Women who experience DV as children have complex pregnancies
The Sector > Research > Allied Fields > Women who experience DV or substance abuse as children have complex pregnancies

Women who experience DV or substance abuse as children have complex pregnancies

by Freya Lucas

August 14, 2023

A recent study led by the University of Queensland (UQ) has found that women who have experienced maltreatment, domestic violence or household substance abuse as children have a higher risk of complications during pregnancy.


Led by Associate Professor Abdullah Mamun from UQ’s Poche Centre for Indigenous Health, the  project analysed 21 existing studies on the impact of childhood trauma to understand a possible link to complications during pregnancy.


Women who had adverse childhood experiences had a 37 per cent higher risk of pregnancy complications, Dr Mamun said. Common complications included diabetes during pregnancy, high blood pressure, excessive weight gain, anxiety and depression.


As well as complications throughout pregnancy, women in these circumstances were also 31 per cent more likely to have an adverse pregnancy outcome such as a premature birth or low birth weight.


Following pregnancy and birth, the women in the cohort with adverse childhood experiences had an increased risk of substance use, physical inactivity and poor diet.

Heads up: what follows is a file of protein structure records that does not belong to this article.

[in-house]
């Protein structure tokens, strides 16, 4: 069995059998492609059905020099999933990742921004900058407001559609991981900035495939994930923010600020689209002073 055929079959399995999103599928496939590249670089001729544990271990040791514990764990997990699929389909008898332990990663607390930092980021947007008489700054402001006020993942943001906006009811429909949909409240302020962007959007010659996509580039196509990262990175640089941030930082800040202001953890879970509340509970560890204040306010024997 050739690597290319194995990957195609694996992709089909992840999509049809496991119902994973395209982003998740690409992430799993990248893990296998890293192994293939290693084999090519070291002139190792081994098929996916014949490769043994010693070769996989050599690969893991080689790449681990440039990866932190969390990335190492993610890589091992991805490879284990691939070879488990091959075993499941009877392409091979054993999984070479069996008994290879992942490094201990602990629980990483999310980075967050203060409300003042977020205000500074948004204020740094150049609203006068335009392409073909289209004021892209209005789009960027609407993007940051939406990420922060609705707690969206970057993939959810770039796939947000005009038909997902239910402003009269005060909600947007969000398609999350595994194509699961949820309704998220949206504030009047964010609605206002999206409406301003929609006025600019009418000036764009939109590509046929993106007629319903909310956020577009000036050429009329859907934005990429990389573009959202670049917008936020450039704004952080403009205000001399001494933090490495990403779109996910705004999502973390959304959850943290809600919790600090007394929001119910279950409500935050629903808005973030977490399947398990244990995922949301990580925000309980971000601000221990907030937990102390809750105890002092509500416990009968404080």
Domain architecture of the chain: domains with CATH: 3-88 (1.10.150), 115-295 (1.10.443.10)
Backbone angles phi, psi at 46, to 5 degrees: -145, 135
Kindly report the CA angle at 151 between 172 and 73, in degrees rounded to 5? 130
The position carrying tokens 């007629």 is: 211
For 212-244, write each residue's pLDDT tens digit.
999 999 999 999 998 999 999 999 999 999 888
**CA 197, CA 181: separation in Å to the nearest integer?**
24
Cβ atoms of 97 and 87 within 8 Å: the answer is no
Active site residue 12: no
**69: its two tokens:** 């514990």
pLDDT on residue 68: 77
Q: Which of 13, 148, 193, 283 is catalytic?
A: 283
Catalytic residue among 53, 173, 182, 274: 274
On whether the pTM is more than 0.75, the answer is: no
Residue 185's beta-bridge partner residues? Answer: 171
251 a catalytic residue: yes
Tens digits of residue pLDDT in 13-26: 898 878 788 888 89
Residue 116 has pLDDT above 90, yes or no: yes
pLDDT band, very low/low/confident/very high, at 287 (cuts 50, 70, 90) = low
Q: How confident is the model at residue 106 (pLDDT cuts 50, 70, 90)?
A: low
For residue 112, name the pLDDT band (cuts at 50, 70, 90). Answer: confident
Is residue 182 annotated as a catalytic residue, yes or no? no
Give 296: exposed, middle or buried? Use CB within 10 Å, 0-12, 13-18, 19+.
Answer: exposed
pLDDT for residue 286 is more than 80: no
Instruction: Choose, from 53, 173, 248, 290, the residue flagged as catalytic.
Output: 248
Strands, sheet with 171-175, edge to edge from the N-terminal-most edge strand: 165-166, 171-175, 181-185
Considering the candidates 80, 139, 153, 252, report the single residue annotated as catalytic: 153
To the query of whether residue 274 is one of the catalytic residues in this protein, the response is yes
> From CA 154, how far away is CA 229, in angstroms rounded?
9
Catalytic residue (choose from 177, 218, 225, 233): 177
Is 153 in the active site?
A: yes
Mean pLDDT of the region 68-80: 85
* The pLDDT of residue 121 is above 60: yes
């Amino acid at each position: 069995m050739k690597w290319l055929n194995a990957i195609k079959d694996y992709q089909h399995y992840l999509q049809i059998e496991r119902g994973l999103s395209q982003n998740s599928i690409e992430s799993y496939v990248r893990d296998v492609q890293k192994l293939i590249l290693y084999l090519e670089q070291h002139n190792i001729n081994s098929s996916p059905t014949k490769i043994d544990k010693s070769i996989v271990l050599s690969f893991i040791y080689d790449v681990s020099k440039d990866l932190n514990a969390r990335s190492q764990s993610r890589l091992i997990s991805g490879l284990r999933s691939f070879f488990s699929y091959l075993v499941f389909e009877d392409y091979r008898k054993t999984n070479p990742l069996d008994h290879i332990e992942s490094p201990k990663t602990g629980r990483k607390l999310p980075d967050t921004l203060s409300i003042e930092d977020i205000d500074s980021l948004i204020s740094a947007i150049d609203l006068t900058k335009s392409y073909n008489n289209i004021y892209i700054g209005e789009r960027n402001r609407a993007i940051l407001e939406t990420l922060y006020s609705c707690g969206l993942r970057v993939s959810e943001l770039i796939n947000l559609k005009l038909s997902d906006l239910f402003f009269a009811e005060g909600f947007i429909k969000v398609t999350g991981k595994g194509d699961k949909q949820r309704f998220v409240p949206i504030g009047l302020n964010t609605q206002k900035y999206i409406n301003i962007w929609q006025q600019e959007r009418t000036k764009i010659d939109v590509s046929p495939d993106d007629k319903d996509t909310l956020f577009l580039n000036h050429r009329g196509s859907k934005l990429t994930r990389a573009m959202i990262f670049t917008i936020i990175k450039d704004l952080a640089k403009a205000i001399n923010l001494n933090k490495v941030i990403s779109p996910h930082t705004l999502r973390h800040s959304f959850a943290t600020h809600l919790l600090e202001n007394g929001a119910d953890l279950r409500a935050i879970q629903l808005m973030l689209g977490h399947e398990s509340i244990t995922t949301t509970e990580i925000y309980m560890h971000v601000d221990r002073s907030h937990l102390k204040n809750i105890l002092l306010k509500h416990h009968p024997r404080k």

“This highlights the long-term effects of adverse childhood experiences and the importance of preventing these to reduce both immediate and intergenerational impacts,” Dr Mamun said.


While the profound impact of childhood trauma on adult mental health is well documented, the researchers said little has been known about its effect on pregnancy.


“There are numerous reasons explaining the relationship between child maltreatment, physical abuse and household substance abuse and adverse pregnancy outcomes,” Dr Mamun outlined.


“Those experiences can alter the way the brain functions including things like our stress-signalling pathways, and even our immune system function.”


Screening for adverse childhood experiences and providing trauma-informed care, he continued, may be a viable option to prevent pregnancy complications.


“Current trauma-informed care should also be examined to assess whether it improves clinical outcomes for mothers and their children,” he added.


“This is clearly an important area of research, with the negative effects of childhood trauma being felt well into adulthood, and across generations.” 


The research is published in BMJ Open and may be accessed here

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